A chamfered polyhedron, also known as an egde-truncated polyhedron, is a polyhedron constructed from an original polyhedron by moving faces outward while retaining the original vertices, thus creating a new (in general not regular) hexagon in place of each original edge. More specifically, chamfering is the truncation of each edge of a polyhedron with the plane perpendicular to the plane bisecting the dihedral angle between two faces, effectively replacing each original edge with a hexagonal face (Mangaldan 2021). The illustration above shows increasing amounts of chamfering applied to the Platonic solids.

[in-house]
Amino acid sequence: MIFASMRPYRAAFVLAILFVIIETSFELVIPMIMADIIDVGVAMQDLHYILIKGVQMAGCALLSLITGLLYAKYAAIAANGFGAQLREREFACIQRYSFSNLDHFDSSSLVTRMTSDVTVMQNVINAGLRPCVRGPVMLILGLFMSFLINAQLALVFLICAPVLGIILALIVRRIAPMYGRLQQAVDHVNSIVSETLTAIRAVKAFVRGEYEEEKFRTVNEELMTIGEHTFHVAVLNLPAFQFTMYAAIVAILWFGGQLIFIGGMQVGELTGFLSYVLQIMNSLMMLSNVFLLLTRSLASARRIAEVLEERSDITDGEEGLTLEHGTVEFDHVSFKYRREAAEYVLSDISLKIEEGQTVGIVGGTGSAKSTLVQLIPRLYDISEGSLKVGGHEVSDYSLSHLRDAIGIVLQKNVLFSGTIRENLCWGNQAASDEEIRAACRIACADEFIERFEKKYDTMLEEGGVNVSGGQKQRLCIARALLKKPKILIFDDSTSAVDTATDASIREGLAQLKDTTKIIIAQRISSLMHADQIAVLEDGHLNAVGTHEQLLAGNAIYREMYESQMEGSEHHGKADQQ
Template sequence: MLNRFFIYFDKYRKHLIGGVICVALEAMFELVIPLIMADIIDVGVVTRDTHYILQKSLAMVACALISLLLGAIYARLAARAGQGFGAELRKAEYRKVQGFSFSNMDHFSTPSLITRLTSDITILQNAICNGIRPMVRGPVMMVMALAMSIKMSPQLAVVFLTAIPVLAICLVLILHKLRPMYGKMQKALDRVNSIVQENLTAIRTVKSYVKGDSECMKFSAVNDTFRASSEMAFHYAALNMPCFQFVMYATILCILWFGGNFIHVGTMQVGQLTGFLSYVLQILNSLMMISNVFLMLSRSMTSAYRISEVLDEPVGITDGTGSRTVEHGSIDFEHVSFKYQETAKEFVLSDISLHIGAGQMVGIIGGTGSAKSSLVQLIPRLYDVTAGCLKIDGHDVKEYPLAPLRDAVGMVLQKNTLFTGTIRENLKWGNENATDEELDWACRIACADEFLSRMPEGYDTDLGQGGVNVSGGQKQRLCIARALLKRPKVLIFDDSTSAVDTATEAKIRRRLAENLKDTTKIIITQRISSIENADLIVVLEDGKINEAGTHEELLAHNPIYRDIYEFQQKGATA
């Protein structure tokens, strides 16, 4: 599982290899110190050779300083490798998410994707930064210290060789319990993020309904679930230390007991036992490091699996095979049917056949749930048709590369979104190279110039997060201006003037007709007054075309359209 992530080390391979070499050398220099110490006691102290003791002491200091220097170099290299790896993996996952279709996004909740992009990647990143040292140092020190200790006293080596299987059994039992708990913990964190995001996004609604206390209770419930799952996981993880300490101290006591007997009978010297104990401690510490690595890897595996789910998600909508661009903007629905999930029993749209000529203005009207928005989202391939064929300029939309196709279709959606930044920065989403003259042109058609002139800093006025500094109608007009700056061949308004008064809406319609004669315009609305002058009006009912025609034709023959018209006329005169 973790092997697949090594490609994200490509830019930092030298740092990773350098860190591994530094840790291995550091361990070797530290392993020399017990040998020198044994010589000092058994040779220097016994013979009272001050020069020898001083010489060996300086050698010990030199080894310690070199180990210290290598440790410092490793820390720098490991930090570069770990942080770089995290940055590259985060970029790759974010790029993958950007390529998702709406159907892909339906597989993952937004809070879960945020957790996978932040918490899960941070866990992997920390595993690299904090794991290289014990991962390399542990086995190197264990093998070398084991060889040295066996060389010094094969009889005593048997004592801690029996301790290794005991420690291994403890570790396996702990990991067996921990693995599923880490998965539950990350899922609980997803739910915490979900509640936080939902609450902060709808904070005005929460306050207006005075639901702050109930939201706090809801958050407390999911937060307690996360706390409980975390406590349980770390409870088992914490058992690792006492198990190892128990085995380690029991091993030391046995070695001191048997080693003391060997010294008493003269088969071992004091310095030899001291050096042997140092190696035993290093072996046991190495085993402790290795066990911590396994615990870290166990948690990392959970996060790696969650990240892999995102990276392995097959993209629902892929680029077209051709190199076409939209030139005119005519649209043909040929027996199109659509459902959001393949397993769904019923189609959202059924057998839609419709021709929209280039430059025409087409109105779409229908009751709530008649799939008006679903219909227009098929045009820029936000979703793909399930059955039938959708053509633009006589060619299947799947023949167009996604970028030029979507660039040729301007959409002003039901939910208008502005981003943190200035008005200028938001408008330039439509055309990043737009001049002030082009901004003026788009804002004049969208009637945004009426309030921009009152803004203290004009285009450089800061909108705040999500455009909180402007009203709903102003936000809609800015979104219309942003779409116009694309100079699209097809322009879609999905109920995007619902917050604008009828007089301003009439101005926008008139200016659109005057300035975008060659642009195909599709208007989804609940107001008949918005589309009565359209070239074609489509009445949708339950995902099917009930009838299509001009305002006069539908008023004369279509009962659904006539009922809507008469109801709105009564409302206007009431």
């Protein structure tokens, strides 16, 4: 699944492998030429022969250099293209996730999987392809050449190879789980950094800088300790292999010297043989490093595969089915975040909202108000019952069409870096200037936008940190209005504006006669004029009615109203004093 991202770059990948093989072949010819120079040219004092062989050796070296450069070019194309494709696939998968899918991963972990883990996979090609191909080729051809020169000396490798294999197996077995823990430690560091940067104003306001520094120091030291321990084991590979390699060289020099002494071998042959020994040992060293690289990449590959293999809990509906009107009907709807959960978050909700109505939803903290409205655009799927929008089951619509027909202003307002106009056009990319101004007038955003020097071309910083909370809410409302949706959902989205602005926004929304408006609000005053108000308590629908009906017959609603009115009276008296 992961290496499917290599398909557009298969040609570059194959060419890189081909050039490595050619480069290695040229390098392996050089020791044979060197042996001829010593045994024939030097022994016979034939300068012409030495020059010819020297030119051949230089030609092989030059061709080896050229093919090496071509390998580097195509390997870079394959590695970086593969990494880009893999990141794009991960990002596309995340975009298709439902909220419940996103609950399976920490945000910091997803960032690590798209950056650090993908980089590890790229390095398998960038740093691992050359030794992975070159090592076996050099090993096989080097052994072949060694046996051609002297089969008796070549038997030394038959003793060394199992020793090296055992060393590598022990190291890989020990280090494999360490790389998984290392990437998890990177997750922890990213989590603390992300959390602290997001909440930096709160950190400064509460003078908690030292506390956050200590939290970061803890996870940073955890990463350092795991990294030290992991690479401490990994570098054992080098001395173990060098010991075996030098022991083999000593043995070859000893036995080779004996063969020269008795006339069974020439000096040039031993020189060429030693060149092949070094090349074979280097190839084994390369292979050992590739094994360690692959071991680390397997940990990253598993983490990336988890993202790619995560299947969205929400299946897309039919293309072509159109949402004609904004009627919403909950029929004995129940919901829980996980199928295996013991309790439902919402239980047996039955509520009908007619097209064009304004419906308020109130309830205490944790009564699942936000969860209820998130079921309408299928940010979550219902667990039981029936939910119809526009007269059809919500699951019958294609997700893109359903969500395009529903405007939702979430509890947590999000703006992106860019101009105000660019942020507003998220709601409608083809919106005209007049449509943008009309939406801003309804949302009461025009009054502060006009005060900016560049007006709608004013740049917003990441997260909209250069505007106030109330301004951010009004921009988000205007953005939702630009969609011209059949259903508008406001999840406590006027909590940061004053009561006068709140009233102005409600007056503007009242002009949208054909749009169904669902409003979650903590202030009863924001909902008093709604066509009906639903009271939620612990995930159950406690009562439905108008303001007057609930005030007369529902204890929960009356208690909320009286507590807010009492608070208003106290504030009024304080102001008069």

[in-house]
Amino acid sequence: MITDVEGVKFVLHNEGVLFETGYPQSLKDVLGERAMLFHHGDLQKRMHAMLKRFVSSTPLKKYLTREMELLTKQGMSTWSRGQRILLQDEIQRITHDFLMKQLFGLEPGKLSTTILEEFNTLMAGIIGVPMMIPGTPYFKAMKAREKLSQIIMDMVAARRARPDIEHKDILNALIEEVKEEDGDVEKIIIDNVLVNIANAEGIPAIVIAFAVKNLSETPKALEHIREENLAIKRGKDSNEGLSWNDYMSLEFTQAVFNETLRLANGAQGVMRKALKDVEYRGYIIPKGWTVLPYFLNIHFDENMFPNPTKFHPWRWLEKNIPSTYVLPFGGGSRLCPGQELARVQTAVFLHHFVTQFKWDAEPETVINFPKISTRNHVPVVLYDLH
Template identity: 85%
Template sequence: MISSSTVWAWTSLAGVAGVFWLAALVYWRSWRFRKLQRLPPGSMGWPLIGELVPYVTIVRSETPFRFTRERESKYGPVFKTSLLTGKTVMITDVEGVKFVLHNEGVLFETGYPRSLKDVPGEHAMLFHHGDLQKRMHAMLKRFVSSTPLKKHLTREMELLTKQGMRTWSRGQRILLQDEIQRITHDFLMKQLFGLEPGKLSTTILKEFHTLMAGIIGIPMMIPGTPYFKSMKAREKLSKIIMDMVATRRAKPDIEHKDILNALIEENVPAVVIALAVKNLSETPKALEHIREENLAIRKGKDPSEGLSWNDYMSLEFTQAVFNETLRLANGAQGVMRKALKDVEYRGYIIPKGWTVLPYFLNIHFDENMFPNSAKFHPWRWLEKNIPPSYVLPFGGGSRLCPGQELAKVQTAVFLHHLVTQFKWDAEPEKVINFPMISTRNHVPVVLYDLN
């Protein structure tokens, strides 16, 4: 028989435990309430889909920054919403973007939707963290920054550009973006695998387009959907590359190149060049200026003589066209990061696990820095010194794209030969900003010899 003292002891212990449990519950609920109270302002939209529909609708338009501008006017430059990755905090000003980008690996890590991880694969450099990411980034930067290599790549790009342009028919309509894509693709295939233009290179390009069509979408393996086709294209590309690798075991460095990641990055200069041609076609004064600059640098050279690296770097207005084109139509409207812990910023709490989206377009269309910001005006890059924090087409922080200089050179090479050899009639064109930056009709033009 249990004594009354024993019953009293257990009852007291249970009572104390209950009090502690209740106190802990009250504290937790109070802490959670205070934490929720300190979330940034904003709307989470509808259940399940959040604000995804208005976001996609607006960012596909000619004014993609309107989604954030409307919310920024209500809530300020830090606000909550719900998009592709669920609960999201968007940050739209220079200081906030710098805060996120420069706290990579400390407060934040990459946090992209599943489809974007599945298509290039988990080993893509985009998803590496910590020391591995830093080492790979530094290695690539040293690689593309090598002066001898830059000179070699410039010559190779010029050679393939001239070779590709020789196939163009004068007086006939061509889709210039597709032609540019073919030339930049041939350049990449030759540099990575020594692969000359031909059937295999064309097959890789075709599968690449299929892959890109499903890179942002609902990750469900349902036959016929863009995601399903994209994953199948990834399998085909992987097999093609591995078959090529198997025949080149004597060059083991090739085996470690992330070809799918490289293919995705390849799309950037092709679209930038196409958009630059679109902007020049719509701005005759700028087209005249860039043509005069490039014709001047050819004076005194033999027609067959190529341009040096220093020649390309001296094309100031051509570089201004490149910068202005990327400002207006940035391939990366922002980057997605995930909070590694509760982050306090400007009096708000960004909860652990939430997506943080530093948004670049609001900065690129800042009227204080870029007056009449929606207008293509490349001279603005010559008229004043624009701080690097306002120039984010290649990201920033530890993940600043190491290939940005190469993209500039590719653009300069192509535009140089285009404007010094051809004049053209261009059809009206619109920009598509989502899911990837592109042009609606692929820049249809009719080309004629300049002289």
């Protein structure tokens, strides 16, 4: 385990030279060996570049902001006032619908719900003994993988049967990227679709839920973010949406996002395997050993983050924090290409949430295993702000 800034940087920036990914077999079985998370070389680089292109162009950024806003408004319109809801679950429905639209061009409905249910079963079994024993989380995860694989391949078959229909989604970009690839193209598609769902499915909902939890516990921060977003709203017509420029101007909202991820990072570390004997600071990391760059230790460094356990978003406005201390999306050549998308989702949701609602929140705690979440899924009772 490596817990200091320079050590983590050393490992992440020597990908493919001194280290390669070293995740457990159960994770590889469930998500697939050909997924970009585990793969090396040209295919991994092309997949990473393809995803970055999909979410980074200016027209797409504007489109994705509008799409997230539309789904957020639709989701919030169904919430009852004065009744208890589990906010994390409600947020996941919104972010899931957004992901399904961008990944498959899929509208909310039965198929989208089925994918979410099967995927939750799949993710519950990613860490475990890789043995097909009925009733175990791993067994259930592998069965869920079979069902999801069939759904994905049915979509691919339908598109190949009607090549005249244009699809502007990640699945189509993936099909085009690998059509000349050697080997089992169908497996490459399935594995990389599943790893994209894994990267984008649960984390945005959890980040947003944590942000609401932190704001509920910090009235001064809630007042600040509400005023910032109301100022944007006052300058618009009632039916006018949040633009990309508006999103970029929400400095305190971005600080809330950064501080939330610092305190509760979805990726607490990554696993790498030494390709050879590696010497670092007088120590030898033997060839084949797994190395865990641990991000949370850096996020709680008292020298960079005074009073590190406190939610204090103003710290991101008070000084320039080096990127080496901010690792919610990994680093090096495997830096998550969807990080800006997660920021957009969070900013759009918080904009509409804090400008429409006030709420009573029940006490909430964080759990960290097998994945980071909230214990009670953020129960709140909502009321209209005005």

It is possible to create equilateral chamfered versions of the Platonic solids by appropriate choice of the edge length ratio for chamfering.

For an original polyhedron with edges, its chamfered version contains additional vertices, additional edges, and additional (in general not regular) hexagonal faces.